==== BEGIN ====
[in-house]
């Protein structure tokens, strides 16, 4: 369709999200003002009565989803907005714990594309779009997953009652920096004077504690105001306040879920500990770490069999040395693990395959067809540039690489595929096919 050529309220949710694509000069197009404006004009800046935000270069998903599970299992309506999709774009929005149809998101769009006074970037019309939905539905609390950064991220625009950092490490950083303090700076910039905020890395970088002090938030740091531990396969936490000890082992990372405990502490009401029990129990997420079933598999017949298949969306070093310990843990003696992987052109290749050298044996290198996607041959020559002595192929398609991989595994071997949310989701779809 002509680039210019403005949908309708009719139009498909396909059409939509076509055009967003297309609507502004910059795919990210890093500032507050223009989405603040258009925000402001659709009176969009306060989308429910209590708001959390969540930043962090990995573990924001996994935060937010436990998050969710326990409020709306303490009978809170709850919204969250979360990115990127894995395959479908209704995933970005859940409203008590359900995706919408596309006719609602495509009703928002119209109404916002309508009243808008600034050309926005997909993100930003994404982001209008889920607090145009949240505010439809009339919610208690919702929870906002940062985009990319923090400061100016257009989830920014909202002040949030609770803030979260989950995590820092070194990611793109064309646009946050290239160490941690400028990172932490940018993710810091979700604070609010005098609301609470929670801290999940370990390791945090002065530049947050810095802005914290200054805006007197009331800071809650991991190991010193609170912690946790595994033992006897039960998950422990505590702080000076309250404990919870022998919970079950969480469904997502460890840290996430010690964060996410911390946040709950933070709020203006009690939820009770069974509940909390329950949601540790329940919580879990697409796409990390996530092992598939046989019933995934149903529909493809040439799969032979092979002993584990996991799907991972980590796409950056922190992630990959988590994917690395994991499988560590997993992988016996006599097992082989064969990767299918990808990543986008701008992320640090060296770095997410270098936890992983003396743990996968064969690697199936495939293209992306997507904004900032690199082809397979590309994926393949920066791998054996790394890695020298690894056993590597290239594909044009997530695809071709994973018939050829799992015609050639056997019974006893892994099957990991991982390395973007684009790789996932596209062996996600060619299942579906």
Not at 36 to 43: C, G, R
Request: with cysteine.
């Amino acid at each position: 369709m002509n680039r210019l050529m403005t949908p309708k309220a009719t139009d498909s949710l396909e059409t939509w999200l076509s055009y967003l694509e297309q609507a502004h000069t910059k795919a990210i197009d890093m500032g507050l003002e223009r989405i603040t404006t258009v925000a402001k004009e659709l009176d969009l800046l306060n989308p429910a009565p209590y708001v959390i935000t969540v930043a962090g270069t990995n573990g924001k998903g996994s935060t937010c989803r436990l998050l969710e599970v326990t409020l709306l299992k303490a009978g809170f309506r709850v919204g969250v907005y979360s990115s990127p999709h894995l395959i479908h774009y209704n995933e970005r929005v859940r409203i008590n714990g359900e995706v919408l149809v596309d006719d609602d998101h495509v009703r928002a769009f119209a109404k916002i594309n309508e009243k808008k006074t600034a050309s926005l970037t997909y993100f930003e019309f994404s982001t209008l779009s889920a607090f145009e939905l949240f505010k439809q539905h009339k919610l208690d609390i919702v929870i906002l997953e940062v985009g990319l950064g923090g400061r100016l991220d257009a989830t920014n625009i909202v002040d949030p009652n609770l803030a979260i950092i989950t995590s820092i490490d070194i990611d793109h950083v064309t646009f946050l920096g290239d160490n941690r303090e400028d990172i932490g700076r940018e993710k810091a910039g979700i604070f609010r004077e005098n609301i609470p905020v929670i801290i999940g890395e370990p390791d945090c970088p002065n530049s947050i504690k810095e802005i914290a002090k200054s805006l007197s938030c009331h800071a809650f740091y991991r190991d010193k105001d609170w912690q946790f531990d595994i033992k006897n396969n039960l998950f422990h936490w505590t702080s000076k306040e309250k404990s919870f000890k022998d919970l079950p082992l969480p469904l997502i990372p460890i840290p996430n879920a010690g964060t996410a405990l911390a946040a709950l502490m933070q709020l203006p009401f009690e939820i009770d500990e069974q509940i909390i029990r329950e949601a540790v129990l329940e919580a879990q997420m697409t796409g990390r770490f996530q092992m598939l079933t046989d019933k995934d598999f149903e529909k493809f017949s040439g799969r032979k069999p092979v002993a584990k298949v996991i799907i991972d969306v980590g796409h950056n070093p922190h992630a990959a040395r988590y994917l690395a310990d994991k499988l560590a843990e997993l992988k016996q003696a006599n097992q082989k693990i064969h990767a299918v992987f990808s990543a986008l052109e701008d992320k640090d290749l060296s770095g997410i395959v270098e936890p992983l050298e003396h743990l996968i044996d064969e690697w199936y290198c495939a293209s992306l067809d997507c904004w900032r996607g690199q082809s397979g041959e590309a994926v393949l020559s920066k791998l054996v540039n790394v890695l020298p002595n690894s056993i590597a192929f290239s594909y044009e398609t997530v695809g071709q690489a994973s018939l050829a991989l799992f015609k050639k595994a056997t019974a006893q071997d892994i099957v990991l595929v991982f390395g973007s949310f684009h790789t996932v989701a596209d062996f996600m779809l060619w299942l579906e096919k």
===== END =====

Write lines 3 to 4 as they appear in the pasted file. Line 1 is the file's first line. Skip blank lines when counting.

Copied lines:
Not at 36 to 43: C, G, R
Request: with cysteine.